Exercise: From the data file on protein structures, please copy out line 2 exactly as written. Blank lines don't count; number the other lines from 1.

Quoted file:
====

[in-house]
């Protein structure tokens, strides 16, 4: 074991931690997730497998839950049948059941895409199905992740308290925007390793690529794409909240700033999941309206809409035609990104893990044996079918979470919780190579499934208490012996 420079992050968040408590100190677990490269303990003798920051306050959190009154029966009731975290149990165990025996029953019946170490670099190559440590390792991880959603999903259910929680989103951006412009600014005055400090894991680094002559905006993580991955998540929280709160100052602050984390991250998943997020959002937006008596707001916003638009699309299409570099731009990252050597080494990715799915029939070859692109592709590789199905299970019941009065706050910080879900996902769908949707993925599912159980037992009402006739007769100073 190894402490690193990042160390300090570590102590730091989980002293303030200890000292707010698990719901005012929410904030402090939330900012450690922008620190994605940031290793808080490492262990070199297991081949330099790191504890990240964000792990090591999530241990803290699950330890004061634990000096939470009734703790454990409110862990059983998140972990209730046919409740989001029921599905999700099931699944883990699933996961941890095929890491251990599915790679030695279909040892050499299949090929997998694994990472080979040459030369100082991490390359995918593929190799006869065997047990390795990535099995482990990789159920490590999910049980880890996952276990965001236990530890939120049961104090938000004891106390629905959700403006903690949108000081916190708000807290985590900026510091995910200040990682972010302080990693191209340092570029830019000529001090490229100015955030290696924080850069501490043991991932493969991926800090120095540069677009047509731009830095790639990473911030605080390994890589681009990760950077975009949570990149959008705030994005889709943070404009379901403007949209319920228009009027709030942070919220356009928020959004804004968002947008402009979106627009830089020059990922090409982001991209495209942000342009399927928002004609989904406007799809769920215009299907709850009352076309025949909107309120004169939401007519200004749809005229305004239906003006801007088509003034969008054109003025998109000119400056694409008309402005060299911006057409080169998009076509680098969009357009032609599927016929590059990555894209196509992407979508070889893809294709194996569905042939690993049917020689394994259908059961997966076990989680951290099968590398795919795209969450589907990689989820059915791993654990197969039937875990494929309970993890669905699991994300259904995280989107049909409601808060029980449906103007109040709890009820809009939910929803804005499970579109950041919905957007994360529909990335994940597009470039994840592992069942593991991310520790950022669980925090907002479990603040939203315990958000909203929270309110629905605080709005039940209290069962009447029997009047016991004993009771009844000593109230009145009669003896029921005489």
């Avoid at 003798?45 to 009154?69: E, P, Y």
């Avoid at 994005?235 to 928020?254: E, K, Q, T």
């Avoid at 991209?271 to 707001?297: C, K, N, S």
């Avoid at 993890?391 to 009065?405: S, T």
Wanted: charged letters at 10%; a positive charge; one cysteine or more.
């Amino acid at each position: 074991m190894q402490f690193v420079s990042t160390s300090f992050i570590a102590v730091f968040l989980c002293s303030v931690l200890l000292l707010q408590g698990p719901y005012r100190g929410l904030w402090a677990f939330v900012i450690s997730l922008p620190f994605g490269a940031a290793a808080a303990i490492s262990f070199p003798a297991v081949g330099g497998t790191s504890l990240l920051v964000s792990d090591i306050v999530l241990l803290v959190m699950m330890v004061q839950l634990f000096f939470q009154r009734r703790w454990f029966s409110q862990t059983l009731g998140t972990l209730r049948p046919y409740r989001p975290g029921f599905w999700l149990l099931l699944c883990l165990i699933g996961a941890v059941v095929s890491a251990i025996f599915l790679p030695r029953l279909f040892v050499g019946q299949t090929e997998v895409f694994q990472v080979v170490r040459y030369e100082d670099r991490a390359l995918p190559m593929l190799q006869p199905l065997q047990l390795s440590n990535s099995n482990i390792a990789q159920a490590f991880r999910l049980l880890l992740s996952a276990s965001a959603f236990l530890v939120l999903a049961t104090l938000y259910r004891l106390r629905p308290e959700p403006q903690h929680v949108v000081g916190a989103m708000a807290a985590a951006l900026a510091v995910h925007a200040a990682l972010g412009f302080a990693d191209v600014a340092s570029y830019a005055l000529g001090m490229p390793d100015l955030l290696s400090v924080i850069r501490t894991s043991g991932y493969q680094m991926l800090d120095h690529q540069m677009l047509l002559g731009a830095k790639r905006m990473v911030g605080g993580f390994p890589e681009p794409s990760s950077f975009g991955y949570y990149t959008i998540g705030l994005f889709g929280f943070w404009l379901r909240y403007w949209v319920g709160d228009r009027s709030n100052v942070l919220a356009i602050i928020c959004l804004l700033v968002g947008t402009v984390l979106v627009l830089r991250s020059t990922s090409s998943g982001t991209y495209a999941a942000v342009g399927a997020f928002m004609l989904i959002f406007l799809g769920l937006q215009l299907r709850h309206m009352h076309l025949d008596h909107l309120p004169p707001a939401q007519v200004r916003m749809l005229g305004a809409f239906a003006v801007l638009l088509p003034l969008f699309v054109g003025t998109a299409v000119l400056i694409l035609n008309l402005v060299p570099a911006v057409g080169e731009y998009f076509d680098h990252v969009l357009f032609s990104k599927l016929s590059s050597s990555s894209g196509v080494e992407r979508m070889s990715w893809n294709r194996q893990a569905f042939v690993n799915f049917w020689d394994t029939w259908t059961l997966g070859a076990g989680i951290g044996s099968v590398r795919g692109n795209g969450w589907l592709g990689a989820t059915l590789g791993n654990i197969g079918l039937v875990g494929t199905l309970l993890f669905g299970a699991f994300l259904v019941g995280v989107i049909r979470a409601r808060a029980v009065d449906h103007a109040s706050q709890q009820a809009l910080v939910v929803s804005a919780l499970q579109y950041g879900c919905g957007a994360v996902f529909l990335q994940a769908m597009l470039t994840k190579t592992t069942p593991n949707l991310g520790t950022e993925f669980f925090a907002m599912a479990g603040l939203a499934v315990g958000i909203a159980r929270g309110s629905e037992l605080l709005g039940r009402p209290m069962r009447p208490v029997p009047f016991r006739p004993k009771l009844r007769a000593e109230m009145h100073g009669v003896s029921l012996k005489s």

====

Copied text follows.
């Protein structure tokens, strides 16, 4: 074991931690997730497998839950049948059941895409199905992740308290925007390793690529794409909240700033999941309206809409035609990104893990044996079918979470919780190579499934208490012996 420079992050968040408590100190677990490269303990003798920051306050959190009154029966009731975290149990165990025996029953019946170490670099190559440590390792991880959603999903259910929680989103951006412009600014005055400090894991680094002559905006993580991955998540929280709160100052602050984390991250998943997020959002937006008596707001916003638009699309299409570099731009990252050597080494990715799915029939070859692109592709590789199905299970019941009065706050910080879900996902769908949707993925599912159980037992009402006739007769100073 190894402490690193990042160390300090570590102590730091989980002293303030200890000292707010698990719901005012929410904030402090939330900012450690922008620190994605940031290793808080490492262990070199297991081949330099790191504890990240964000792990090591999530241990803290699950330890004061634990000096939470009734703790454990409110862990059983998140972990209730046919409740989001029921599905999700099931699944883990699933996961941890095929890491251990599915790679030695279909040892050499299949090929997998694994990472080979040459030369100082991490390359995918593929190799006869065997047990390795990535099995482990990789159920490590999910049980880890996952276990965001236990530890939120049961104090938000004891106390629905959700403006903690949108000081916190708000807290985590900026510091995910200040990682972010302080990693191209340092570029830019000529001090490229100015955030290696924080850069501490043991991932493969991926800090120095540069677009047509731009830095790639990473911030605080390994890589681009990760950077975009949570990149959008705030994005889709943070404009379901403007949209319920228009009027709030942070919220356009928020959004804004968002947008402009979106627009830089020059990922090409982001991209495209942000342009399927928002004609989904406007799809769920215009299907709850009352076309025949909107309120004169939401007519200004749809005229305004239906003006801007088509003034969008054109003025998109000119400056694409008309402005060299911006057409080169998009076509680098969009357009032609599927016929590059990555894209196509992407979508070889893809294709194996569905042939690993049917020689394994259908059961997966076990989680951290099968590398795919795209969450589907990689989820059915791993654990197969039937875990494929309970993890669905699991994300259904995280989107049909409601808060029980449906103007109040709890009820809009939910929803804005499970579109950041919905957007994360529909990335994940597009470039994840592992069942593991991310520790950022669980925090907002479990603040939203315990958000909203929270309110629905605080709005039940209290069962009447029997009047016991004993009771009844000593109230009145009669003896029921005489």